Mrs Stevens Hears the Mermaids Singing (Book Review with Quotes)

Mrs Stevens Hears the Mermaids Singing (Book Review with Quotes)

Mrs Stevens Hears the Mermaids Singing (Book Review with Quotes)

One of the features of one of the libraries I frequent is there is a “staff recommends” table. I always browse it. There are usually newer, popular books there, so when an older one shows up, I take particular notice, since someone had to venture off the path and really like one, to put it there when it is no longer part of the current conversation. This book I found there and I was drawn to it; I immediately picked it up because I had previously read and loved this author’s Journal of a Solitude, giving it five stars.

This book is billed as a novel, but it is a record of a fictitious woman poet in her 70’s (that you assume is basically May Sarton herself) being interviewed, including all her mind’s meanderings and flashbacks. Written in 1965, it is basically of the struggle of being a woman artist, and uncharacteristically for the time, it also briefly discusses bi-sexuality and homosexuality.

Fortunately, I think being a woman artist is easier now, although still not equal to being male in many important ways. I remember my mother as a female artist in the 60’s dealing with some of these same issues as discussed in this book. We have made much progress, but more still needs to be made.

What was most interesting to me here was the discussion of the process of writing poetry, and realizing her sense of The Muse and mine are vastly different. At one point I wouldn’t have said I had one, and now I know it is God; for her the The Muse (which she also calls the mirage and the echo) are people or places.

But I share not only poetry with this woman, but the desire to be understood coming from roots of not being heard, together with a passionate intensity that is often too much for some people. It made us feel somewhat like kindred spirits, and that held my attention.

I loved the writing too, which comes from a very perceptive place and is much different than what I usually read. It was plotless and dated, and while meandering and undemanding, it was also thoughtful and refreshing.

Here are the bits I loved:

  • “It was all very well to insist that art was art and had no sex, but the fact was that the days of men were not in the same way fragmented, atomized by indefinite small tasks.”
  • “Poetry has a way of teaching one what one needs to know… if one is honest.”
  • “What I wanted and never got from them was recognition.”
  • “You can’t break the mould and also be consoled for breaking it!”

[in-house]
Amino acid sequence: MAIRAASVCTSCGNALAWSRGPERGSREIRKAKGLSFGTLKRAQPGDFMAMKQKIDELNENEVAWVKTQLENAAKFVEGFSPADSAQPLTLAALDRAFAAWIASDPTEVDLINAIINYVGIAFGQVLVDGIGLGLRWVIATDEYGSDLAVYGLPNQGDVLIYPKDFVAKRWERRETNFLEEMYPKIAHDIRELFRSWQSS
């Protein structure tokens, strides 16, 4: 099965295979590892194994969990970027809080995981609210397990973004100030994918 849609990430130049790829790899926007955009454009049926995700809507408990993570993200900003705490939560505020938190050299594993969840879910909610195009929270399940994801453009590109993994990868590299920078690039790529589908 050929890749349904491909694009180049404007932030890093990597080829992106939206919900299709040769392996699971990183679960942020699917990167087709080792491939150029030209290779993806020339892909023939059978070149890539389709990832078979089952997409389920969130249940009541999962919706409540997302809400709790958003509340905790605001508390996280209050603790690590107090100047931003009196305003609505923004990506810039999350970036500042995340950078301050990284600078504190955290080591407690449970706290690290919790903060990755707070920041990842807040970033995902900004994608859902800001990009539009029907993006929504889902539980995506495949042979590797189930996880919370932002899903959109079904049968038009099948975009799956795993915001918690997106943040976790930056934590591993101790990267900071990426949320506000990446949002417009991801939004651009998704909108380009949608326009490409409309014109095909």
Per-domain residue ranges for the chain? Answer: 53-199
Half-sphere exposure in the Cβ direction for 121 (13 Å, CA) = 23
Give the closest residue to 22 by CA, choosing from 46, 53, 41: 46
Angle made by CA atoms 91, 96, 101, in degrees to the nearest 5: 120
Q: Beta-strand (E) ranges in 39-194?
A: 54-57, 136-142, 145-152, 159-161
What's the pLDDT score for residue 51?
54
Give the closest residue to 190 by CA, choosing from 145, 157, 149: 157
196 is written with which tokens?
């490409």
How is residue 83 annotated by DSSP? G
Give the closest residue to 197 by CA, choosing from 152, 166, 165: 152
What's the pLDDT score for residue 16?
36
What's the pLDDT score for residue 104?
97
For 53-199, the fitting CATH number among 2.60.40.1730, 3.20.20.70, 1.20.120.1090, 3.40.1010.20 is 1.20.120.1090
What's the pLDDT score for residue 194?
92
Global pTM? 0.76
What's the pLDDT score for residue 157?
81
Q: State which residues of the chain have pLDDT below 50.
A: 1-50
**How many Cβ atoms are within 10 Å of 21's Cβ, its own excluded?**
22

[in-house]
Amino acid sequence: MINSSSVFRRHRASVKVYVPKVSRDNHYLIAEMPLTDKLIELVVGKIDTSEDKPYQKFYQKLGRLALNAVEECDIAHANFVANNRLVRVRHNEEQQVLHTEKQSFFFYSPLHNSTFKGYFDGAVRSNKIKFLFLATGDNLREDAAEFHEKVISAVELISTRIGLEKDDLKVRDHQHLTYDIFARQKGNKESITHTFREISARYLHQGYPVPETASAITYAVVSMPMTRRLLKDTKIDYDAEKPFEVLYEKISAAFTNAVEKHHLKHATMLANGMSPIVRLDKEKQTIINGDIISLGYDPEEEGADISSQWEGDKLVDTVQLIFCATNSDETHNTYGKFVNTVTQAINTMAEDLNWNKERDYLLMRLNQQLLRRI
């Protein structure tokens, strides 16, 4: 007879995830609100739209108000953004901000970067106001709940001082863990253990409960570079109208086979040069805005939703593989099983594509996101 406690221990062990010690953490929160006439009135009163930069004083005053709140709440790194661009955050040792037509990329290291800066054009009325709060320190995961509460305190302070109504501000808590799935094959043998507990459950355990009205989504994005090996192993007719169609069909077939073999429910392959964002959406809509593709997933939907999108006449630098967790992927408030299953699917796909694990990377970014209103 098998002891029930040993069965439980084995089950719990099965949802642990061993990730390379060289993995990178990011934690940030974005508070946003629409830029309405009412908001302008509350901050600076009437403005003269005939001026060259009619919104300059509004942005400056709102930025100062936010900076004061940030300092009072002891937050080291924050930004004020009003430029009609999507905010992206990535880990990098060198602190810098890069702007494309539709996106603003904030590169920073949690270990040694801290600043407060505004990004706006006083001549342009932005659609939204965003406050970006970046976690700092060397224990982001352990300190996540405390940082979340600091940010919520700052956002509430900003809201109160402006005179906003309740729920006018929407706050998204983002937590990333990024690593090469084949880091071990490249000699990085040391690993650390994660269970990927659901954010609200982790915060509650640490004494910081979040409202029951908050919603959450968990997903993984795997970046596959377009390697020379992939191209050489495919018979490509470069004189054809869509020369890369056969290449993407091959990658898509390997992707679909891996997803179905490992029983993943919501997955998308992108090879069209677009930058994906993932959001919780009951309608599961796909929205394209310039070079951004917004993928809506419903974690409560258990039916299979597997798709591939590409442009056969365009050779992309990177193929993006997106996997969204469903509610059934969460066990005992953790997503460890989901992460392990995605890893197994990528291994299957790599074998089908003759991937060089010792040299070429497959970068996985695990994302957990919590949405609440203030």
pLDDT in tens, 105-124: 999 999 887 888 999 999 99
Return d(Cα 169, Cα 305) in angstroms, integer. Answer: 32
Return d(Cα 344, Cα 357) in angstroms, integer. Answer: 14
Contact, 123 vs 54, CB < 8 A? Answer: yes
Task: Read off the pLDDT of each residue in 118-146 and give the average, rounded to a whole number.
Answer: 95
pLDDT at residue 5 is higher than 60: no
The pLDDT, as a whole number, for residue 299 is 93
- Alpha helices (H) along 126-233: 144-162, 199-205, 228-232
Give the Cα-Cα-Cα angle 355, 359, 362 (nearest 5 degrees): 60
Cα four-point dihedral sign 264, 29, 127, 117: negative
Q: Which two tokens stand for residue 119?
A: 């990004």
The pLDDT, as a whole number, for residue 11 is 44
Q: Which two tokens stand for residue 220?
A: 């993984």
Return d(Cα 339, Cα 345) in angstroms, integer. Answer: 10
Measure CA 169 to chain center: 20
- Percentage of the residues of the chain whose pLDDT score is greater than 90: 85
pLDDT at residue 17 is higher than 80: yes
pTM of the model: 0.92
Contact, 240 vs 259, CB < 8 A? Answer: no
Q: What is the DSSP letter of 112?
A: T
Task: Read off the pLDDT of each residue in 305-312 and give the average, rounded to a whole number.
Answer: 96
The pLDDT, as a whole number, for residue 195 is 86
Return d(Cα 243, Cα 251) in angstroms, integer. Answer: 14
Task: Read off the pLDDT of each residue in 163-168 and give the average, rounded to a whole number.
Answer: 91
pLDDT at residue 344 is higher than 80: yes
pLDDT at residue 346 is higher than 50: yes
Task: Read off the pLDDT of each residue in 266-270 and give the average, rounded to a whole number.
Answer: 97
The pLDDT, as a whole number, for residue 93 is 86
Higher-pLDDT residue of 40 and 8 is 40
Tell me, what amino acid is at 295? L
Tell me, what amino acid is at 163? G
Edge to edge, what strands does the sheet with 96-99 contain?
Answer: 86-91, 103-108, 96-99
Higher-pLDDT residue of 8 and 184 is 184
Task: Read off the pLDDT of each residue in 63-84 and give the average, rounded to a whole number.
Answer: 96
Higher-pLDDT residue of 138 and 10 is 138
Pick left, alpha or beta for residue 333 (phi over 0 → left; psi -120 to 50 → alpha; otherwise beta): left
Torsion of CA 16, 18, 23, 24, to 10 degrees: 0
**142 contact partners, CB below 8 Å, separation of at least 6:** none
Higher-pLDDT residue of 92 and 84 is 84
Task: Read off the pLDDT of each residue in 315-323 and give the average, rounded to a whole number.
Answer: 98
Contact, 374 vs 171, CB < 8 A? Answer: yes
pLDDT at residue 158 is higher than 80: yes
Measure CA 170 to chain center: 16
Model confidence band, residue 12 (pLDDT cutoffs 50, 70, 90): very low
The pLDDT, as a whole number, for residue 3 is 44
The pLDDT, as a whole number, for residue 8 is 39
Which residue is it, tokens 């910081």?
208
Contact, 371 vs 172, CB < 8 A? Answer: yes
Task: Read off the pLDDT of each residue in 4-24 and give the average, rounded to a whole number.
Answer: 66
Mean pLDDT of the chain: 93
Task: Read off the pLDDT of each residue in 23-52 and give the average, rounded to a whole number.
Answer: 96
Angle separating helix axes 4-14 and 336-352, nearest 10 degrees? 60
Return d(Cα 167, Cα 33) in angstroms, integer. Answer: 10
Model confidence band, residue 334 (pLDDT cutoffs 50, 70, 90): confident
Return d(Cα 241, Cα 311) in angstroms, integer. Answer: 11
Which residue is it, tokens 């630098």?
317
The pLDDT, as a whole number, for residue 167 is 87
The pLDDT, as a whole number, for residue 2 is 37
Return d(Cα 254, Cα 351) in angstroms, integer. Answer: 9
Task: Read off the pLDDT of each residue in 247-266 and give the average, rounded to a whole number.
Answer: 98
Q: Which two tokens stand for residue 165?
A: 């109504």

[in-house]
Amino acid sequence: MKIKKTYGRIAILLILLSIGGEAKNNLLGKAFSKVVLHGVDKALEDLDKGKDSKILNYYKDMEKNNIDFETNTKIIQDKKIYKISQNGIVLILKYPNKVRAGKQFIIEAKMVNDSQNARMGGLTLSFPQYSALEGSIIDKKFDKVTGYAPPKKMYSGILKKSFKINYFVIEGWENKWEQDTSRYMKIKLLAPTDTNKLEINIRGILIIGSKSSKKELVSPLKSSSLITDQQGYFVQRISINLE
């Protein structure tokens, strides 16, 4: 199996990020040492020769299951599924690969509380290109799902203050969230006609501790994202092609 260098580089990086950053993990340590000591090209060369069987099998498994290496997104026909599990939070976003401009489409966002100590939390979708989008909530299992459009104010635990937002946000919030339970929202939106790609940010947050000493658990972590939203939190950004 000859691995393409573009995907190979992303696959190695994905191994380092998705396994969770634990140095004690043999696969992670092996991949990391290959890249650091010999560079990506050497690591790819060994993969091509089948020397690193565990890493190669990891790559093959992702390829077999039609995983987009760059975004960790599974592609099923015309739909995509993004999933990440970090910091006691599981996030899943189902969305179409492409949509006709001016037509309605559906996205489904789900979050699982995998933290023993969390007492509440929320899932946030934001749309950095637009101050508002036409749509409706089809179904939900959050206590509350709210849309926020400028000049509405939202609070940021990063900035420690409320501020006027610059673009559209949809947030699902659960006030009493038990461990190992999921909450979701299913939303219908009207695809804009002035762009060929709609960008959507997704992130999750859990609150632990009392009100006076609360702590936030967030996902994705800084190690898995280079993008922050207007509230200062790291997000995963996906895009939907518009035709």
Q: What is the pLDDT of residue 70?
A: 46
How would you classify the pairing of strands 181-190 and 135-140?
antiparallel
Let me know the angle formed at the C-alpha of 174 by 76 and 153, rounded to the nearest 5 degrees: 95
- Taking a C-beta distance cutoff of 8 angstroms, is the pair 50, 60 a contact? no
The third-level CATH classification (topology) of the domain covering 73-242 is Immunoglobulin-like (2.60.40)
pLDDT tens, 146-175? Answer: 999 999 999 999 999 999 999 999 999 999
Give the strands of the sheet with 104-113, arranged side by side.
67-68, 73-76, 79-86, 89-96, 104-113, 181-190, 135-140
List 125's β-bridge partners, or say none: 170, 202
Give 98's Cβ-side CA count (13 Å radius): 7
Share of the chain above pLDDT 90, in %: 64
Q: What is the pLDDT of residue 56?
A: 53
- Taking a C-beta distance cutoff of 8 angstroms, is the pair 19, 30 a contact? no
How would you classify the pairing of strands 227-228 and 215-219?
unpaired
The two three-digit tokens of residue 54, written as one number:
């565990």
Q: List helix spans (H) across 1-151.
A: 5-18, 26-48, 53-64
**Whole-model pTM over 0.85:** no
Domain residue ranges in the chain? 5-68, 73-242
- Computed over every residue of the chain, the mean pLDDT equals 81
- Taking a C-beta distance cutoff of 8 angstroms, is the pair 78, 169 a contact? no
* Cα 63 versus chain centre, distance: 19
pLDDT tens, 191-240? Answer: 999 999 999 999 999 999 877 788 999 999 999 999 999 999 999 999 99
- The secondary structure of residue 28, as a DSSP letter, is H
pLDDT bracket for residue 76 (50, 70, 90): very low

• “She felt enlarged by goodness, not an emotion she was used to feeling at all…”
  • “Learn to solve the equations through art.”
  • “The work of art comes from what is not lived out?”
  • “…the fundamental point is the diffusion of sensuality.”
  • “Poems are epiphanies, a moment or a time of personal revelation.”
  • “Might the definition of rest be just this, the being understood?”
  • “You have learned what you need to know in order to say what you have to say.”
  • “I find it mildly intoxicating after all these years, to be listened to.”
  • “I ceased a long time ago to pay the slightest attention to what might be said about me.”
  • “People who cannot feel punish those who do.”
  • “Odd that there has been no great religious woman poet…”
  • “Intensity commands form.”
  • “But there is no doubt that I have always regarded myself as an instrument.”
  • “It is yourself who must be conquered.”
  • “The person who has created something is always vulnerable.”
  • “Under all the superficial praise of the ‘creative’ is the desire to kill.”
  • “Woman’s work is always toward wholeness.”
  • “There’s no standing still. Life at best is terrifying, don’t you agree? One either keeps on growing and changing, or one begins to fossilize, take your choice.”
  • “Women have moved and shaken me, but I have been nourished by men.”
  • “Some English divine once remarked that it was a mistake to suppose that God is chiefly concerned with religion.”
  • “She gathered their delighted smiles and pounced…”
  • “Loneliness is poverty of self; solitude is the richness of self.”
  • “The Muse is always a question–that’s what sets up the dialogue.”
  • “For the aberrant woman art is health, the only health. It is always integrating… that’s the whole point.”
  • “The woman who needs to create works of art is born with a kind of psychic tension in her that drives her unmercifully to find a way to balance, to make herself whole. Every human has this need: in the artist it is mandatory.”
  • “They have to write from the whole of themselves, so the feminine genius is the genius of self-creation.”
  • “True feeling justifies, whatever it may cost.”
  • “You will find that whatever is not material for poetry is not material for life.”
  • “It’s all grist for your mill. Even Hell gets to be useful.”
  • “I think I would have liked to be a woman, simple and fruitful, a woman with many children, a great husband… and no talent.”
  • “Every ending is a beginning.”

I enjoyed this and give it four stars. A blast from the past, antiquated in ways, it is thoughtfully still relevant. It is always good to read someone who has courage enough to be authentic.


I work to amplify good wherever I find it. I love color, texture, beauty, great ideas, nature, metaphor, deliciousness, genuine spirituality, and exploring new territory. I encourage authenticity, nurture creativity, champion sustainability, promote peace, and hope to foster a new renaissance where we all are free to be our most fulfilled, multifaceted, and terrific selves. Read more here.

1 Comment


  1. […] An old book: The Man in the Iron Mask by Alexandre Dumas (my 4 star review here), Mrs. Stevens Hears the Mermaids Singing by May Sarton (my 4 star review here) […]

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